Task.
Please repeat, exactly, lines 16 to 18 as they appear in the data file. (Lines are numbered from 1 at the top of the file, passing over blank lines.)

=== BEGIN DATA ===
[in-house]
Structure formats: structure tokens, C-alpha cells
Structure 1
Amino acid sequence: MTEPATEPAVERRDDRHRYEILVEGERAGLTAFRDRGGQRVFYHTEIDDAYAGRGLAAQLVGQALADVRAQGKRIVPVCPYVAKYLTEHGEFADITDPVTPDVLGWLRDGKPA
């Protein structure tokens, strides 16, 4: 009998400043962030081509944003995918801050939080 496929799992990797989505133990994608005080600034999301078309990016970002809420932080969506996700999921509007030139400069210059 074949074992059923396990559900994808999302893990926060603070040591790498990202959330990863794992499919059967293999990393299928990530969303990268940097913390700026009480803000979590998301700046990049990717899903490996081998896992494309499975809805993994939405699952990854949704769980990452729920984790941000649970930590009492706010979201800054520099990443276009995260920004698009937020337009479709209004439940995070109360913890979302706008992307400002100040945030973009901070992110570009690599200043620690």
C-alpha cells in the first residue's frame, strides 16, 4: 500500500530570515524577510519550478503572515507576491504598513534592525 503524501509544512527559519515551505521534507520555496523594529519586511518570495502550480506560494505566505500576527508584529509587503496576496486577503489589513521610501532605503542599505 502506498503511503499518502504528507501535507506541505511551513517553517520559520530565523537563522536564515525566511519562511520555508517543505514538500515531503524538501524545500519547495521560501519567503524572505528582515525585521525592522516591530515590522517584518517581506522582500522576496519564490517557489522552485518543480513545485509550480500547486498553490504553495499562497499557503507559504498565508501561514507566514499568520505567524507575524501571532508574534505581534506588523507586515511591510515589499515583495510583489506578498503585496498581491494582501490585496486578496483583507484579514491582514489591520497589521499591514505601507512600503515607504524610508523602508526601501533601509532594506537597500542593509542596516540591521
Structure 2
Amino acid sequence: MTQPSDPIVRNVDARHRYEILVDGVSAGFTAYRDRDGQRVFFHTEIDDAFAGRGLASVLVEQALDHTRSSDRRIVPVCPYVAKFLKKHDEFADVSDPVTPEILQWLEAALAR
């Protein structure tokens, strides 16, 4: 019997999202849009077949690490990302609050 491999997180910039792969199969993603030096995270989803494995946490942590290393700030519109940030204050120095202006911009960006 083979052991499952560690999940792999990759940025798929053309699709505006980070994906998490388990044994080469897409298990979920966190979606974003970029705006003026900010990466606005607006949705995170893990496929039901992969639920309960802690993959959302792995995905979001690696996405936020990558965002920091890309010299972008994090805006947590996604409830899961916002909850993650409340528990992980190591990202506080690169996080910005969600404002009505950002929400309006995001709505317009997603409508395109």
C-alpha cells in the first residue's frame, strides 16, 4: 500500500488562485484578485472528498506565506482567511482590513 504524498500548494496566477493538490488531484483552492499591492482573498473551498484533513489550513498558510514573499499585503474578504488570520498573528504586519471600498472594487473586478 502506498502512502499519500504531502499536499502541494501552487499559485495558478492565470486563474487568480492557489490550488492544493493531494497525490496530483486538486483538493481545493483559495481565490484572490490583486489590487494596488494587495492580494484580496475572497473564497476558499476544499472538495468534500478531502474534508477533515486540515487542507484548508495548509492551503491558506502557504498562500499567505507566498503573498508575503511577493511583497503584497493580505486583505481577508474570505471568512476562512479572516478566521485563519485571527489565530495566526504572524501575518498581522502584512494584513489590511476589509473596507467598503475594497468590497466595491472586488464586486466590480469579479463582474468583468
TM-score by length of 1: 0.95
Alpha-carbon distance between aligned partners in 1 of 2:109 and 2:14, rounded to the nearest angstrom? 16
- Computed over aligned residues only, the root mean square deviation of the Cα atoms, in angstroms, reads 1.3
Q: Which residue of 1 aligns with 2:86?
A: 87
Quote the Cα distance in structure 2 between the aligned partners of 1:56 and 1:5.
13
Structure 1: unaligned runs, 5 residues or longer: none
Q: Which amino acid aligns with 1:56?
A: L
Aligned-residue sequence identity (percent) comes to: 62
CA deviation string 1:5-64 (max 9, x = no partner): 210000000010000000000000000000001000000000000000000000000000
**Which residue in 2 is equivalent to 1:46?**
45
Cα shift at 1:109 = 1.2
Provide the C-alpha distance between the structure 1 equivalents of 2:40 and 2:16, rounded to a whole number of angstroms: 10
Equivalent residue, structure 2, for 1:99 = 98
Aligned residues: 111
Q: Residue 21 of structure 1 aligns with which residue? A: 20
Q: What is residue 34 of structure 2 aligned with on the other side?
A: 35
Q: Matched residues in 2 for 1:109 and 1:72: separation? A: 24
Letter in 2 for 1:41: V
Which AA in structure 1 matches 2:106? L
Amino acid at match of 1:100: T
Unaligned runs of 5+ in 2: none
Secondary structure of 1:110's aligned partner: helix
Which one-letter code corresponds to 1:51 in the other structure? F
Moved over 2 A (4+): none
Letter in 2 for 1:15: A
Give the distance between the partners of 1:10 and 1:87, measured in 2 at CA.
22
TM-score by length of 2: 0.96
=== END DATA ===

Quote the Cα distance in structure 2 between the aligned partners of 1:56 and 1:5.
13
Structure 1: unaligned runs, 5 residues or longer: none